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Tuesday, January 26, 2010

The Trial at Niagara (Part II)

In the days following Morreau’s execution, the trials continued. James Gammell and his fellow Patriots were indicted, convicted, and sentenced in the District Court of Niagara. Miller and the three other Americans were charged with a felony;(1) James and five others were charged with treason. Gammell, Grant, McPhaden, and McNulty pleaded guilty; Kemp and Yerks were acquitted. Although no lives were lost in the Short Hills raid, the men were tried as if lives had been taken. The original indictment reads as follows:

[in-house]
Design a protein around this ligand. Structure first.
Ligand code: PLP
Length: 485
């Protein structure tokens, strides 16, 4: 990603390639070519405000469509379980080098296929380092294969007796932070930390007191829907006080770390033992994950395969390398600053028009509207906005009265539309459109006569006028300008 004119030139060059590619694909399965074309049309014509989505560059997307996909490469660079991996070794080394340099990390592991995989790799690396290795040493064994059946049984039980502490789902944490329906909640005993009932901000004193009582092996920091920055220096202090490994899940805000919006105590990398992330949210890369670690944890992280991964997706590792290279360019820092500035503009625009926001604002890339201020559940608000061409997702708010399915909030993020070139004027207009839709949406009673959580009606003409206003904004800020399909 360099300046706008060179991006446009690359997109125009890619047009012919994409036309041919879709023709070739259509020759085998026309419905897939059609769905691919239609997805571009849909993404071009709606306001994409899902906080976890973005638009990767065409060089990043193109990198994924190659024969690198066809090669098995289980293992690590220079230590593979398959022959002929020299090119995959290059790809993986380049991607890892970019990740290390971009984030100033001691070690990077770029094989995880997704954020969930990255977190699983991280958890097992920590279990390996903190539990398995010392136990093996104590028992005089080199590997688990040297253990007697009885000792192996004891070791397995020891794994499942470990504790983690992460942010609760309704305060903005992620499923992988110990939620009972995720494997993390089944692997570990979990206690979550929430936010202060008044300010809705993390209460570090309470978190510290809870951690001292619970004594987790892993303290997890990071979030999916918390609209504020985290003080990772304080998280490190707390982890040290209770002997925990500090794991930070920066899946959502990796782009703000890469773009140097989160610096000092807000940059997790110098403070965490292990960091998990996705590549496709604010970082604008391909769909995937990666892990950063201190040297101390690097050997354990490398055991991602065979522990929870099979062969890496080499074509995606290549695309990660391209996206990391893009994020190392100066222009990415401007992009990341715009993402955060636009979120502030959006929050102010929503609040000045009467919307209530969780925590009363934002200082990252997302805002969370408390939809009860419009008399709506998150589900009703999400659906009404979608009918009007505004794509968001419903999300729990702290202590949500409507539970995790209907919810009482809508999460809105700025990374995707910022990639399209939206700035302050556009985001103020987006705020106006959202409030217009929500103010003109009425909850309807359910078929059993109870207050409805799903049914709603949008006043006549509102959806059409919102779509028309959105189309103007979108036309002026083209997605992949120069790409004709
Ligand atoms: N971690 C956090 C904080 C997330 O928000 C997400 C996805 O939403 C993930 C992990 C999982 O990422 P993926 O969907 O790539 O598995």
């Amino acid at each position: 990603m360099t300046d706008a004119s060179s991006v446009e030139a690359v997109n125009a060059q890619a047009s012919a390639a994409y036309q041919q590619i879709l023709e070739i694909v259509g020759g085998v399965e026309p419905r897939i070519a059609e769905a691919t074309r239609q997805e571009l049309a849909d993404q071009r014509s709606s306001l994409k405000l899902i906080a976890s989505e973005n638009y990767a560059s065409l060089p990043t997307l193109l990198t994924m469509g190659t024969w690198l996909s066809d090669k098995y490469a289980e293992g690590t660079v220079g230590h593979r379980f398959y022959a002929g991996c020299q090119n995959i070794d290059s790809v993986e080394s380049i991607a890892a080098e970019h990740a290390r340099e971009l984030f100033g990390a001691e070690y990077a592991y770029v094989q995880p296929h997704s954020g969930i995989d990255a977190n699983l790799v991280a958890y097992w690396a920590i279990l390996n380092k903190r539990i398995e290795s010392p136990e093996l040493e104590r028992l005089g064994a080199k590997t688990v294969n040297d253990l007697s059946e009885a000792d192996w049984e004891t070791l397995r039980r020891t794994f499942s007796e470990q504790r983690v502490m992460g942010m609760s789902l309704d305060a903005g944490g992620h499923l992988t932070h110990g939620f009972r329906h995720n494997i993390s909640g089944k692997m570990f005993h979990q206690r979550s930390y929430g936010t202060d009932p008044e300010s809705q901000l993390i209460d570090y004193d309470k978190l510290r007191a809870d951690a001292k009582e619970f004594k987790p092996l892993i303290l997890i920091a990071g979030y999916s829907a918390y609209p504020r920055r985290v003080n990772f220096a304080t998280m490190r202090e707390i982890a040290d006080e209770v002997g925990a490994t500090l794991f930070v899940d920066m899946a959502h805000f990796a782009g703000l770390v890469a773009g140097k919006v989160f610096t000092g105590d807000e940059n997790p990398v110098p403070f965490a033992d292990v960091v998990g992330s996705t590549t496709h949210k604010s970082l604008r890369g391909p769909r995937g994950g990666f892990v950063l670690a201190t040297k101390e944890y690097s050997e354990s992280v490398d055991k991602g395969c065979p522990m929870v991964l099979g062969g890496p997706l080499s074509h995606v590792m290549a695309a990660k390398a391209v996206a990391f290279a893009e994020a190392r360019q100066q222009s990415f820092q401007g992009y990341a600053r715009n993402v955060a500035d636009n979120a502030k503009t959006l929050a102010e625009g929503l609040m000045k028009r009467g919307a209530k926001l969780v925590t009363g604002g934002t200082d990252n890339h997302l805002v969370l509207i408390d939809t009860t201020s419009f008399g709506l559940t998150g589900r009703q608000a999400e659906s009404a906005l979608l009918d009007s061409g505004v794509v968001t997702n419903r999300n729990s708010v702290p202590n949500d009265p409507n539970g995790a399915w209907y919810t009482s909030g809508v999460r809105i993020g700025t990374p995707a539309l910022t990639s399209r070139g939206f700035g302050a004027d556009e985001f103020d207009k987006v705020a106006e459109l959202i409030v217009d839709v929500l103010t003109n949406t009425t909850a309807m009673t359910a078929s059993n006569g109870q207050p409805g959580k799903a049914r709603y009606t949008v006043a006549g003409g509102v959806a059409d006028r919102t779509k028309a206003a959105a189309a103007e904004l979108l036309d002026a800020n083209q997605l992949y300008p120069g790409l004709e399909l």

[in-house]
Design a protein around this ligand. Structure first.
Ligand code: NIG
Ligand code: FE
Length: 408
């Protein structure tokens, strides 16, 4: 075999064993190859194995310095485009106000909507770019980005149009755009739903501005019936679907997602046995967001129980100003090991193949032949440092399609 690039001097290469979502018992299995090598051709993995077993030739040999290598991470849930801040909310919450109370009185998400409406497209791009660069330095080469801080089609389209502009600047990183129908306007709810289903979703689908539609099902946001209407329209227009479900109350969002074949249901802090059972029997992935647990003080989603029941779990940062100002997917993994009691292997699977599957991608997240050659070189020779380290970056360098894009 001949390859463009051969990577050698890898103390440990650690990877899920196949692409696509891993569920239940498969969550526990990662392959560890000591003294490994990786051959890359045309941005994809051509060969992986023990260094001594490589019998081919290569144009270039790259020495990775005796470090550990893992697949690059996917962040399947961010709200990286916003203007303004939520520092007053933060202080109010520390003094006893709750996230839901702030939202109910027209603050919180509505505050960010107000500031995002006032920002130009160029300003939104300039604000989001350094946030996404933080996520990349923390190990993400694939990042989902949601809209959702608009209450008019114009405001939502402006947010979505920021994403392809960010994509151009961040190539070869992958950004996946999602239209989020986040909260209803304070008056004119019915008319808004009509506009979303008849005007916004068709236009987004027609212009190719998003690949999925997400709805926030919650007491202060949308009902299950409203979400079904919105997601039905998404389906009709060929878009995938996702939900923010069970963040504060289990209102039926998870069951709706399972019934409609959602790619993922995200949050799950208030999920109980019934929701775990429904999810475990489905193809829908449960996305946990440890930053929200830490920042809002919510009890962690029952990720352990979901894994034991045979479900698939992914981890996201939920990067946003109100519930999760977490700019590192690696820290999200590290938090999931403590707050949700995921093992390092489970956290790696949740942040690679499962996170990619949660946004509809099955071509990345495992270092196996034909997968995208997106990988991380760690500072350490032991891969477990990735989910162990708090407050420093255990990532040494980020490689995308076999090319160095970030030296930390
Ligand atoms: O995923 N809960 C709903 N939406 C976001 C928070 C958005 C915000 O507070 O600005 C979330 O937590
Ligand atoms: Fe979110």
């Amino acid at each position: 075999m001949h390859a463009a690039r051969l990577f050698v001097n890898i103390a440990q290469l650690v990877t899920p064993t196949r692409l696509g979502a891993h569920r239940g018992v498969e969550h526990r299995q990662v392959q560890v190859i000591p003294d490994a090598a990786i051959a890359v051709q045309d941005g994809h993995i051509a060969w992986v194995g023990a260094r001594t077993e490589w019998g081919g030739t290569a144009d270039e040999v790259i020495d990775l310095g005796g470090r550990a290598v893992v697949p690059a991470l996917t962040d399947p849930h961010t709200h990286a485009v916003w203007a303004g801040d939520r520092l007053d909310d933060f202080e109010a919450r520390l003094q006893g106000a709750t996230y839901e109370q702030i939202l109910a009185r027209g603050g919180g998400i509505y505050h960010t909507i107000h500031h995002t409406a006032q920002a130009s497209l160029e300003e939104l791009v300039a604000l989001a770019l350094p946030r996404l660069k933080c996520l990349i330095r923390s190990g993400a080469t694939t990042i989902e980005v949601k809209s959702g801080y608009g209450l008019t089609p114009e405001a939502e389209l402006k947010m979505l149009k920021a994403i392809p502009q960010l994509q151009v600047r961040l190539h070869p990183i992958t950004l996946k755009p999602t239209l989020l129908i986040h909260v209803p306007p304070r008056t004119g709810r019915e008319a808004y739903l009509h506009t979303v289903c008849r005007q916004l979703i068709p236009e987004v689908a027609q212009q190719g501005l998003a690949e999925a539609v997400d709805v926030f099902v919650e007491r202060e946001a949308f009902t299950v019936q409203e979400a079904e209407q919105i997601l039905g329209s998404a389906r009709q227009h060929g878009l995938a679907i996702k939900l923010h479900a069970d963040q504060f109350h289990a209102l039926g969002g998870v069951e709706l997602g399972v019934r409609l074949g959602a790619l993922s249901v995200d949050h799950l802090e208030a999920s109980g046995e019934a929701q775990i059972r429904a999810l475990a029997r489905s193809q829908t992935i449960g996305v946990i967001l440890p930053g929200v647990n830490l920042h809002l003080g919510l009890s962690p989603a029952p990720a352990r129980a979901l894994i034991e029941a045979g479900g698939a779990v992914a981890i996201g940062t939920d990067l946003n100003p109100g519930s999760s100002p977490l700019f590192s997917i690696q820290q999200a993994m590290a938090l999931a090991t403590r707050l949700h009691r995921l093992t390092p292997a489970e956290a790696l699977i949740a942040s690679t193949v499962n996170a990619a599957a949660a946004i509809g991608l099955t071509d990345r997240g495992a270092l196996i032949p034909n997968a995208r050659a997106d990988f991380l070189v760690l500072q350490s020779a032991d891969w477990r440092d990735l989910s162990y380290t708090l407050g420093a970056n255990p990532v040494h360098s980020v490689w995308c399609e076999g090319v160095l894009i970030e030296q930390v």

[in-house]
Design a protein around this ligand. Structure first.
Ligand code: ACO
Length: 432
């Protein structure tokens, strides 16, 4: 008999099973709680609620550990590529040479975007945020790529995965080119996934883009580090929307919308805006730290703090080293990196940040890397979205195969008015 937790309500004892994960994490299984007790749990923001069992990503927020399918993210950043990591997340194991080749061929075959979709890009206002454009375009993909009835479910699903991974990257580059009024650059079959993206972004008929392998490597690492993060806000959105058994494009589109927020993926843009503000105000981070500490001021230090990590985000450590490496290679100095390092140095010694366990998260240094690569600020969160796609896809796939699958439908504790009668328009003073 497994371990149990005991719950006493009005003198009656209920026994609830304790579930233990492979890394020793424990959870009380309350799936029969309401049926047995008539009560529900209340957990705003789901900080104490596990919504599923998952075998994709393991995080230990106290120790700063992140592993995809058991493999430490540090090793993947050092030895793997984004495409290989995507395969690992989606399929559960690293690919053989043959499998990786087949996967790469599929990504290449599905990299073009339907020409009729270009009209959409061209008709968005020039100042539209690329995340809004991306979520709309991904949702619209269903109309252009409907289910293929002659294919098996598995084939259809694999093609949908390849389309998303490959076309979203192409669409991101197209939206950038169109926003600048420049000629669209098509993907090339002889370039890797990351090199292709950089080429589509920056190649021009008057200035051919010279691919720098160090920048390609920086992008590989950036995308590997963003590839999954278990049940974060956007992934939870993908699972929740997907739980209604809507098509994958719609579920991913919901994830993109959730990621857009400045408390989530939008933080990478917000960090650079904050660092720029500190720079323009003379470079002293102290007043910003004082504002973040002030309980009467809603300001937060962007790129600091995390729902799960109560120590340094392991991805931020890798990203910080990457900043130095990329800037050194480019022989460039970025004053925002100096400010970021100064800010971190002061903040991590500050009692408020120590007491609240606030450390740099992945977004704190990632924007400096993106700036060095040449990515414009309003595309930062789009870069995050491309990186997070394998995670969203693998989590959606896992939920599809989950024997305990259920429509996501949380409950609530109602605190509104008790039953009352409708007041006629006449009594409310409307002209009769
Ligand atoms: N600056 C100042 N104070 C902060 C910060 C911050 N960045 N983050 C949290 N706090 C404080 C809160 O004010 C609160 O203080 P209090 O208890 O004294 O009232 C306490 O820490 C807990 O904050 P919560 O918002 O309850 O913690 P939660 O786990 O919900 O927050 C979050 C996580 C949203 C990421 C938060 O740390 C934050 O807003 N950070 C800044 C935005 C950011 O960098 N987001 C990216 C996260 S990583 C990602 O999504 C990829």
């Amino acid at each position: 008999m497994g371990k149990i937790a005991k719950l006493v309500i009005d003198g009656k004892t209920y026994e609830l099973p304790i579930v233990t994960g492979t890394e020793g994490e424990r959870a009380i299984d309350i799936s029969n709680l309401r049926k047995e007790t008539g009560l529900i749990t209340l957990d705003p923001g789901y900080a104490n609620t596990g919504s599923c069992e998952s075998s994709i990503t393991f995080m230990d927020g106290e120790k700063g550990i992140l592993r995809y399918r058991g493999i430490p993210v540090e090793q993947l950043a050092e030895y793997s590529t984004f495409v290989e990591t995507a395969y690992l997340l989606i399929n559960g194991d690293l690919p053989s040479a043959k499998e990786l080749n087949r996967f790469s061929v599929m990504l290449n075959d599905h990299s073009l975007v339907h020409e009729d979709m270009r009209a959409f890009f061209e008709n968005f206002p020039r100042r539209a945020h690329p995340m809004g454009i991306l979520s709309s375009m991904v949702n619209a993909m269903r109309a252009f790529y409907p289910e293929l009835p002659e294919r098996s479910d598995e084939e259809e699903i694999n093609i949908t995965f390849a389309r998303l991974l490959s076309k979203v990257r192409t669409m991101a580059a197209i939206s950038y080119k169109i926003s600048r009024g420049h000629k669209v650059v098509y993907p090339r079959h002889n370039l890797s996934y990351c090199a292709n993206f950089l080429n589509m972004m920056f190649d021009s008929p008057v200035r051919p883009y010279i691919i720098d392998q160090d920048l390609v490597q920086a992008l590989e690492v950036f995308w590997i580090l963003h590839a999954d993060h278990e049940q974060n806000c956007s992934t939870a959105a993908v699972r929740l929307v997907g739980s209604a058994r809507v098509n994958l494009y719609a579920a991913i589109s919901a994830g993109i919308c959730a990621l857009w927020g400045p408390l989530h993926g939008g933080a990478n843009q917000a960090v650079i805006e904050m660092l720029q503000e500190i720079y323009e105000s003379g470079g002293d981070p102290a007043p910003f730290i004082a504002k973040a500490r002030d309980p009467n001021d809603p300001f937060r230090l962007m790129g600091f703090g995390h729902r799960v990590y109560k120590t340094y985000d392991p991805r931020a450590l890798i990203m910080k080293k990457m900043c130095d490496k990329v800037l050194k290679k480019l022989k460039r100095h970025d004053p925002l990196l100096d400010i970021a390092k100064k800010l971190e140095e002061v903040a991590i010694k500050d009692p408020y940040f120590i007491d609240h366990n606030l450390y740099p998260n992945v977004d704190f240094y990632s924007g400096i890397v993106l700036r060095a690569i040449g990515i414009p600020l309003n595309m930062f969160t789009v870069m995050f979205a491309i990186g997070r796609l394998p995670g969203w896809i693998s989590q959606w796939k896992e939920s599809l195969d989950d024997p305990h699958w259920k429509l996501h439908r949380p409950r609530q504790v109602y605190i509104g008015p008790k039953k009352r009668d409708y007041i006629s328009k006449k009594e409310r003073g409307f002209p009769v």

The Jurors for our Sovereign Lady the Queen upon their oath present that James Gammell late of the Township of Pelham in the District of Niagara, labourer. John Grant late of the same place labourer. Murdock McPhaden late of the same place labourer. John James McNulty late of the same place labourer. Solomon Kemp late of the same place labourer, and William Yerks late of the same place labourer, being subjects of our said Lady the Queen, not regarding the duty of their allegiance nor having the fear of God in their hearts, but being moved and seduced by the instigation of the devil, as false traitors against our said Lady the Queen and wholly withdrawing the allegiance, fidelity and obedience, which every true and faithful subject of our said Lady the Queen should and of right ought to bear towards our said Lady the Queen, on the twenty first day of June in the second year of the reign of our said Lady Victoria by the Grace of God of the United Kingdom of Great Britain and Ireland, Queen Defender of the faith, with force and arms at the Township aforesaid in the district aforesaid, together with divers other false traitors, to the Jurors aforesaid unknown, armed and arrayed in a warlike manner, that is to say, with guns, muskets, pistols, blunderblusses, swords, bayonets, pikes, and other weapons being then and there unlawfully, maliciously and traitorously assembled and gathered together against our said Lady the Queen most wickedly, maliciously and traitorously did levy and make war against our said Lady the Queen within this province and did then and there maliciously and traitorously attempt and endeavor by force and arms to subvert and destroy the constitution and Government of this Province…(2)